Wednesday, July 10, 2013

The Temple At The End of Time!


In this fourth and last installment to the Time-Twisters story, we didn't expect to find much of anything after Part 3 concluded, did we? The Time-Twisters had caused a cosmic upheaval which incinerated 50th century Earth--and Thor and his fellow Asgardians had said their goodbyes to each other and waited for the end. All except for Jane Foster, who refused to accept the inevitable:



Now, in other centuries where the Time-Twisters were destroying the Earth, I'm sure there were a lot of people crying out--yet cries of despair and helplessness don't generally stop conflagration, and their worlds perished nonetheless. So imagine our surprise when the world ends, yet leaves four gods and one mortal untouched:



Thor and his party may understandably be feeling a little down right now, but at least they're alive. What rabbit could writer Len Wein pull out of his hat to let these five people avoid planetary destruction without a scratch, or at least a burned finger or two?



It turns out Wein knows his Thor lore:



Gosh, Thor, maybe that's something you should have thought of. But since I already vented about that last time, why don't we get started with concluding this story, as we see a very ticked-off Zarrko, the Tomorrow Man, reappear to do a little venting of his own. And with tempers high and enough blame to go around, we see there's also trouble brewing with Thor and the Servitor:





In past issues, we've seen the Servitor pitching in to occasionally lend Thor a hand in the skirmishes which have occurred on their journey through time; but, oddly, Thor has mistaken those gestures as a sign of warming relations between them, even though the Servitor's loyalty and fealty to Zarrko have been unmistakable. I think it's more fair to say that the Servitor respects Thor's might and his skill as a warrior, concluding that the Asgardian will be an asset on Zarrko's mission. Here, though, Thor clearly had made assumptions of the Servitor as more of a comrade, despite the giant giving every indication that he's wholly in Zarrko's service. Here, Thor responds to the Servitor's strike by saying he had "no call" to act as he did, as if their joint mission had made them allies--words which probably meant little to nothing to the Servitor.

However, Thor's harsh retaliatory strike did have meaning to the giant. Yet in contrast to Thor, there is no sentiment attached to the Servitor's words, and his fight with Thor is personal only in respect to how his worth is seen in the eyes of his master:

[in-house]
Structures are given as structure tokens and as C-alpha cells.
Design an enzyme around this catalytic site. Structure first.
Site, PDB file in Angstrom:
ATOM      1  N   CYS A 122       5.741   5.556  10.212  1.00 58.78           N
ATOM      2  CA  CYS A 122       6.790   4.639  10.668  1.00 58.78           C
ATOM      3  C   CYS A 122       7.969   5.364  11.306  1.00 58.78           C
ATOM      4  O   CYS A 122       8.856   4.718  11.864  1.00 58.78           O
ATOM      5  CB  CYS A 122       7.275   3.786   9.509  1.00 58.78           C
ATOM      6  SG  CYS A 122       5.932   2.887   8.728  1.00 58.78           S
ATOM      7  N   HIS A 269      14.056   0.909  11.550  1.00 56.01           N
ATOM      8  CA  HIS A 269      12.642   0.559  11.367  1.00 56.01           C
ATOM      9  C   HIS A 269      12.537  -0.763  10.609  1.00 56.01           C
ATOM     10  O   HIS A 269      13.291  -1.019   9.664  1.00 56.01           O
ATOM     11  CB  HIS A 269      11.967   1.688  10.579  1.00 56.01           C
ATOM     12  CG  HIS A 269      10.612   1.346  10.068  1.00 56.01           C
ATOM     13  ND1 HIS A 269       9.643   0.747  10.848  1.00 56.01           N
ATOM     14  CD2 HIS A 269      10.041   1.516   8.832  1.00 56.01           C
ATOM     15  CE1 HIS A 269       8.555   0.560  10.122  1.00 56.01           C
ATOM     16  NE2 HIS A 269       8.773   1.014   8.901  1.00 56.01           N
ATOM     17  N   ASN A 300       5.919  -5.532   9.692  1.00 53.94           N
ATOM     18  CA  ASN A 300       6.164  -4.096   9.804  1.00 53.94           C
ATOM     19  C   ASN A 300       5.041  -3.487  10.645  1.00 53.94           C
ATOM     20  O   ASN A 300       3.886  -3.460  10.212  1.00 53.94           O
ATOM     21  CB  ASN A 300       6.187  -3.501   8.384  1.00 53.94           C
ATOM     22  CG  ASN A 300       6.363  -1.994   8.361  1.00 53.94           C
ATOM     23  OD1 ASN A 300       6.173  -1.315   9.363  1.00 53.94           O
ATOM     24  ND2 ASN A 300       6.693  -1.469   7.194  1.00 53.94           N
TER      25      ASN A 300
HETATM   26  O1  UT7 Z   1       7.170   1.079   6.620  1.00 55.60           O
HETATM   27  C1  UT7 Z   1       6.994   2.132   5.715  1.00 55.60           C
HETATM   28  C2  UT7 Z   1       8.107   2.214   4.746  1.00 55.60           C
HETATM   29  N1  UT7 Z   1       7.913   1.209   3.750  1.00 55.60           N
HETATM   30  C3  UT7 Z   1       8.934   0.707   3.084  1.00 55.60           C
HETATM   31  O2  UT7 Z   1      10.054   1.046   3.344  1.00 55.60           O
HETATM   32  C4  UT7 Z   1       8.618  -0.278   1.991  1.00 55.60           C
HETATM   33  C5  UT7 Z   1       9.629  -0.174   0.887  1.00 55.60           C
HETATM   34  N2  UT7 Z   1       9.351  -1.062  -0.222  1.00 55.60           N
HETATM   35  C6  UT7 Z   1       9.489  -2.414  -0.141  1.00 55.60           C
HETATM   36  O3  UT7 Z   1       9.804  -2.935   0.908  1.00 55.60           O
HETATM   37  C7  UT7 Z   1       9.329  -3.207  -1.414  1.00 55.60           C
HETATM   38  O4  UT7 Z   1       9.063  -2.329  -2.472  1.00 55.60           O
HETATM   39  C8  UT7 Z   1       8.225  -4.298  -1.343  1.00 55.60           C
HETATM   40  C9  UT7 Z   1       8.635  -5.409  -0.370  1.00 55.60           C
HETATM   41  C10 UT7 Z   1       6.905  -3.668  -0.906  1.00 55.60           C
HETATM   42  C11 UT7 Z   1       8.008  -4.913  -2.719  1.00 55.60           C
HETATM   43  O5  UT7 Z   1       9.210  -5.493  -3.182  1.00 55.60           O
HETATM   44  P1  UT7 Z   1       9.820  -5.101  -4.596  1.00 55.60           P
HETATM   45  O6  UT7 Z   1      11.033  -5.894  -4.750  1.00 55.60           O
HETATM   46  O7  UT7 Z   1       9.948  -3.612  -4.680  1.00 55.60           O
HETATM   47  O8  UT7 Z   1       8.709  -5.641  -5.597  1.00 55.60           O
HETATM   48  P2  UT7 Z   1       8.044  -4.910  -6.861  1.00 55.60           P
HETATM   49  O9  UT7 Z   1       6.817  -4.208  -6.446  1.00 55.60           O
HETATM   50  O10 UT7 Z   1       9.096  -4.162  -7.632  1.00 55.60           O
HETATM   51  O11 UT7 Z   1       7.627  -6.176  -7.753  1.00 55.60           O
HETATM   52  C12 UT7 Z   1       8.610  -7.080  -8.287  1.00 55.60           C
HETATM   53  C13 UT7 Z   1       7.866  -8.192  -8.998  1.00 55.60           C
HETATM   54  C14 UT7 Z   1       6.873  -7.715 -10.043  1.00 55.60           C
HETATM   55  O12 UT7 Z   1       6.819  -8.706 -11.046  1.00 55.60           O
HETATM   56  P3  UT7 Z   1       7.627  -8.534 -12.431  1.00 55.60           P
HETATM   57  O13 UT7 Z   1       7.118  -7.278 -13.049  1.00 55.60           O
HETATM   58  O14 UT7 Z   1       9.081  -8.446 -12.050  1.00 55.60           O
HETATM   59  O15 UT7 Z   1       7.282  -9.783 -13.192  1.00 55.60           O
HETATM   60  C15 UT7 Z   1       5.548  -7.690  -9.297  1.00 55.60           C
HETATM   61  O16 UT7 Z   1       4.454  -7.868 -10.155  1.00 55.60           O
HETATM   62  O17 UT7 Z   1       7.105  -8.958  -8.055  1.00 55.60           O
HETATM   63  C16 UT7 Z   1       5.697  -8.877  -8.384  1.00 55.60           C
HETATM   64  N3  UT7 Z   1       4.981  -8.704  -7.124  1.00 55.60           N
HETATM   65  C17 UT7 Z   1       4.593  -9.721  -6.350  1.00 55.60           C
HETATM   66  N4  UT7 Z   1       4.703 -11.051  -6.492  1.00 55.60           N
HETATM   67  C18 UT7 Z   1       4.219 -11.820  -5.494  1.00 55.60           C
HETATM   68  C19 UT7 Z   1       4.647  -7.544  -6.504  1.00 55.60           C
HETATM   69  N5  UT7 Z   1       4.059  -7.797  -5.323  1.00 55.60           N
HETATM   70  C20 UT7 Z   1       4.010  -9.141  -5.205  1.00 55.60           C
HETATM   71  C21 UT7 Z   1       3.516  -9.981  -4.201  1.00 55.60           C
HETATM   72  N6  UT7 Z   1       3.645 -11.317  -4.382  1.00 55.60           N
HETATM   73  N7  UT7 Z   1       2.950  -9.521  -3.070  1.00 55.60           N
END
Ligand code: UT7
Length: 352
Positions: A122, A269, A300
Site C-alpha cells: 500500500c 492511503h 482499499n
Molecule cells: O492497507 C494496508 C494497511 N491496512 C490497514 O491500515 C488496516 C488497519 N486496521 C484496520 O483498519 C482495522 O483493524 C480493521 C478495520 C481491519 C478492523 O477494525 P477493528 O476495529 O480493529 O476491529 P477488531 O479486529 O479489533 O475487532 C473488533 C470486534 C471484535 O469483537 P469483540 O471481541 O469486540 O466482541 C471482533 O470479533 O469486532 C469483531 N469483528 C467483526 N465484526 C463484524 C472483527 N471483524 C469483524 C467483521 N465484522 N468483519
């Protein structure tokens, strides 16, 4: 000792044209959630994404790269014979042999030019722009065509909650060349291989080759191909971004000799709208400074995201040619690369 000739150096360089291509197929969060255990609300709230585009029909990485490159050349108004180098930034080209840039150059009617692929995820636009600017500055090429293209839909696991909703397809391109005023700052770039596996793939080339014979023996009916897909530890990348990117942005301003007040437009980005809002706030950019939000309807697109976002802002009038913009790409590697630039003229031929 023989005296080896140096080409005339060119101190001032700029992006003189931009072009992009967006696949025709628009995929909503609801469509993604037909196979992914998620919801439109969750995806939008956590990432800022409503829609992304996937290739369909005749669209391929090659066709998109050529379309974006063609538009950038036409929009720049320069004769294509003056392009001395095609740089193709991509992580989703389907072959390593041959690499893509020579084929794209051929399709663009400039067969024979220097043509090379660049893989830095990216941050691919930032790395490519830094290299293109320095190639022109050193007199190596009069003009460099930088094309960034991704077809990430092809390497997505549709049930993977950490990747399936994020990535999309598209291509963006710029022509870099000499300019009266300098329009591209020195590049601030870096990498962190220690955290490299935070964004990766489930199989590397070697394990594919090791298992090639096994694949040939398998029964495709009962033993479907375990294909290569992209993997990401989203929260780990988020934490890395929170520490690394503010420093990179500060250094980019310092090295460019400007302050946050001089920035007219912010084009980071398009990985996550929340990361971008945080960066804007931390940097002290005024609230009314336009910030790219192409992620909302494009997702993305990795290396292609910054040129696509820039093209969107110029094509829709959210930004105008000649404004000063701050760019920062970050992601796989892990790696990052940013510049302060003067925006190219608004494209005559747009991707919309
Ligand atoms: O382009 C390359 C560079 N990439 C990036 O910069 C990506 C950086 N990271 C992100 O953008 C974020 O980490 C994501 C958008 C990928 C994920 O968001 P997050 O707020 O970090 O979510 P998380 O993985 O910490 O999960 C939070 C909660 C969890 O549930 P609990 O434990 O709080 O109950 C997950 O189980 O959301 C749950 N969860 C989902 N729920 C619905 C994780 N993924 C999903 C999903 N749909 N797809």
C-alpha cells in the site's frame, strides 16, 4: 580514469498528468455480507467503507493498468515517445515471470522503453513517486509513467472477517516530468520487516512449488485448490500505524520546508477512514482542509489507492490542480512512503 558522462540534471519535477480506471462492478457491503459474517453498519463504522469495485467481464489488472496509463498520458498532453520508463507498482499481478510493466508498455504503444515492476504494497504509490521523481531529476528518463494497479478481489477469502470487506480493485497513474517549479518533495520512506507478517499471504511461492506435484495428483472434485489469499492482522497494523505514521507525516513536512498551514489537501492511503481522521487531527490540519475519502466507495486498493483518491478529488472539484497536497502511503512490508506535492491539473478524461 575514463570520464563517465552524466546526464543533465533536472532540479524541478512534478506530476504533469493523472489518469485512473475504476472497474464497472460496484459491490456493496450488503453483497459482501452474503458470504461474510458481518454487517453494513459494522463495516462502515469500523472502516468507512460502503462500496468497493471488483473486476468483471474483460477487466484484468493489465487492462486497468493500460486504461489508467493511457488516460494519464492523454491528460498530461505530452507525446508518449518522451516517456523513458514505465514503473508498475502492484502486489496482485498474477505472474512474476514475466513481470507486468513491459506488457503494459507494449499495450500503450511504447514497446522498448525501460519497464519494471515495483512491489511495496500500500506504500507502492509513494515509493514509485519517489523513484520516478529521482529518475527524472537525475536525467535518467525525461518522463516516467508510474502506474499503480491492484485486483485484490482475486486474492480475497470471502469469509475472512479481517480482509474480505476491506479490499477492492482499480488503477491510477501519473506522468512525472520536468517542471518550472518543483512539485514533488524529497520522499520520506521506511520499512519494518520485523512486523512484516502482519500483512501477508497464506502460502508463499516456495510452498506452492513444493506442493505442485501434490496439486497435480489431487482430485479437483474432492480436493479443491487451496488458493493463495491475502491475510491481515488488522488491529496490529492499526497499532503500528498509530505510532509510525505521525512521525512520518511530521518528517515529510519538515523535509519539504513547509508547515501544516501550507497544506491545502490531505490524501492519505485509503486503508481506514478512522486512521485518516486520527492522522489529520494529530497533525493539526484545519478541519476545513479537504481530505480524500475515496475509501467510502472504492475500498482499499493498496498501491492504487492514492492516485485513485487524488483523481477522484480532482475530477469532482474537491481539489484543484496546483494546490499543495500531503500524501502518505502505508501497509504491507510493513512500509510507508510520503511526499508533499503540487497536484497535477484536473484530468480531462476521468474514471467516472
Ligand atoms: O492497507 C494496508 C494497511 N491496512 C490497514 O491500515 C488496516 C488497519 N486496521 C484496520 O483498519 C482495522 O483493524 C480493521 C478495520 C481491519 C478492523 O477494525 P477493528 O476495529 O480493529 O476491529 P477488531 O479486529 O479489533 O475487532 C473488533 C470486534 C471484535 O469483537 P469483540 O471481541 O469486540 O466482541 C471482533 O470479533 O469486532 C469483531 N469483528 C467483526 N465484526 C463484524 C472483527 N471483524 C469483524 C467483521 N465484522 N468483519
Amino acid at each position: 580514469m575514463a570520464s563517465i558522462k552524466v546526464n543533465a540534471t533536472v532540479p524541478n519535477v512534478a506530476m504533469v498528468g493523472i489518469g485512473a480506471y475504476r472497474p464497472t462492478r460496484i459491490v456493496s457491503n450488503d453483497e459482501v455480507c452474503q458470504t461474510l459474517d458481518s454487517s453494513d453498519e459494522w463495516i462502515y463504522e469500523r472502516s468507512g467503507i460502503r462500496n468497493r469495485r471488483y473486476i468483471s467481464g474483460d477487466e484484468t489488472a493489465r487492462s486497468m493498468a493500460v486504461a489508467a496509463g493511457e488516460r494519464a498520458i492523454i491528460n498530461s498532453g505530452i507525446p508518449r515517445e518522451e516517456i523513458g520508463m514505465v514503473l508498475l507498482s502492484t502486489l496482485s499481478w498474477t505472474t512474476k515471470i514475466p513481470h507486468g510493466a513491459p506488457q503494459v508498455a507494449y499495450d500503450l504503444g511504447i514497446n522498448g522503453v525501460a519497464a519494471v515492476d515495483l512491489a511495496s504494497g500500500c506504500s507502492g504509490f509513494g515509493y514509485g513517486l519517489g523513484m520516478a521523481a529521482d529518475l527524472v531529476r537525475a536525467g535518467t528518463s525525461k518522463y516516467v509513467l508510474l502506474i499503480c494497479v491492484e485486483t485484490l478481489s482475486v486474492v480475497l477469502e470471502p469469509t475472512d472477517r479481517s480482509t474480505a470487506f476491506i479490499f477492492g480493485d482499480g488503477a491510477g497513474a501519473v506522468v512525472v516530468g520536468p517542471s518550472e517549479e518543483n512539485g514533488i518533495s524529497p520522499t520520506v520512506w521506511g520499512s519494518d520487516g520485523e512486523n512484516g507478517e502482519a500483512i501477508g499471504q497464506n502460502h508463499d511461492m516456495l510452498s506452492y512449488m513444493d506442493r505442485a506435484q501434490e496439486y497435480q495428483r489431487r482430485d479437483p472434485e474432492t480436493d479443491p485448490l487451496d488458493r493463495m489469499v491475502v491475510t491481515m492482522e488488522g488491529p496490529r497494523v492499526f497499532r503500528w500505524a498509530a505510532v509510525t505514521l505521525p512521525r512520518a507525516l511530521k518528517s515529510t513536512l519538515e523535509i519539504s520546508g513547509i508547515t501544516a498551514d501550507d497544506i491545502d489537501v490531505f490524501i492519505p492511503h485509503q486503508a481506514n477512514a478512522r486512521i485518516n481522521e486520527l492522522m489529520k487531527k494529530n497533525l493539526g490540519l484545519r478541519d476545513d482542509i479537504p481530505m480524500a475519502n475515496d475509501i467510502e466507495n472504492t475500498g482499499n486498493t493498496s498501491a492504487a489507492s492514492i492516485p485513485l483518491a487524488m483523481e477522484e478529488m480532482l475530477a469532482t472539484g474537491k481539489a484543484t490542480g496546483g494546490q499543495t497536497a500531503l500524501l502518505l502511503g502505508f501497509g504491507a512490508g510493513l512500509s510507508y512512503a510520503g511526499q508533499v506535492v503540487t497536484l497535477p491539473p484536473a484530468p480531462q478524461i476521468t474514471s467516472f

Of course, this battle, taking place on a dead world, is pointless--and a waste of valuable (of all things) time, as Jane points out when she breaks it up and reminds them that 20th century Earth is the next port of call for the Time-Twisters. That doesn't matter much to Zarrko, having lost his rule of this particular Earth--but Thor has a way of salvaging the situation which will not only give them another crack at the Time-Twisters, but will render this destruction moot if they're successful:



And so Wein's adventure is jump-started in this final issue, with a clever twist that can't help but pique our curiosity--a journey to the end of time. Personally, I would have settled for 80th century Earth--but I can see how wrong that would have been for the story, for two reasons. For one thing, stopping off at another future Earth only grinds the story to a halt again with variations of events we've already seen, including another battle with the Time-Twisters that we've no reason to believe would end any more successfully. But the twist to the story also provides the added benefit of saving a number of other future Earths (as well as other worlds, I'm assuming) if the Time-Twisters are prevented from ever beginning their descent through the centuries.

Still, maybe Thor should have insisted to Zarrko that they switch to a DeLorean for this trip:




More overtures from the Servitor--yet Thor still holds out optimism for more meaning to them, instead of considering that, for the Servitor, they may simply facilitate the successful fulfillment of Zarrko's wishes. Soon, though, such matters are put aside, as the time-cube materializes at its destination: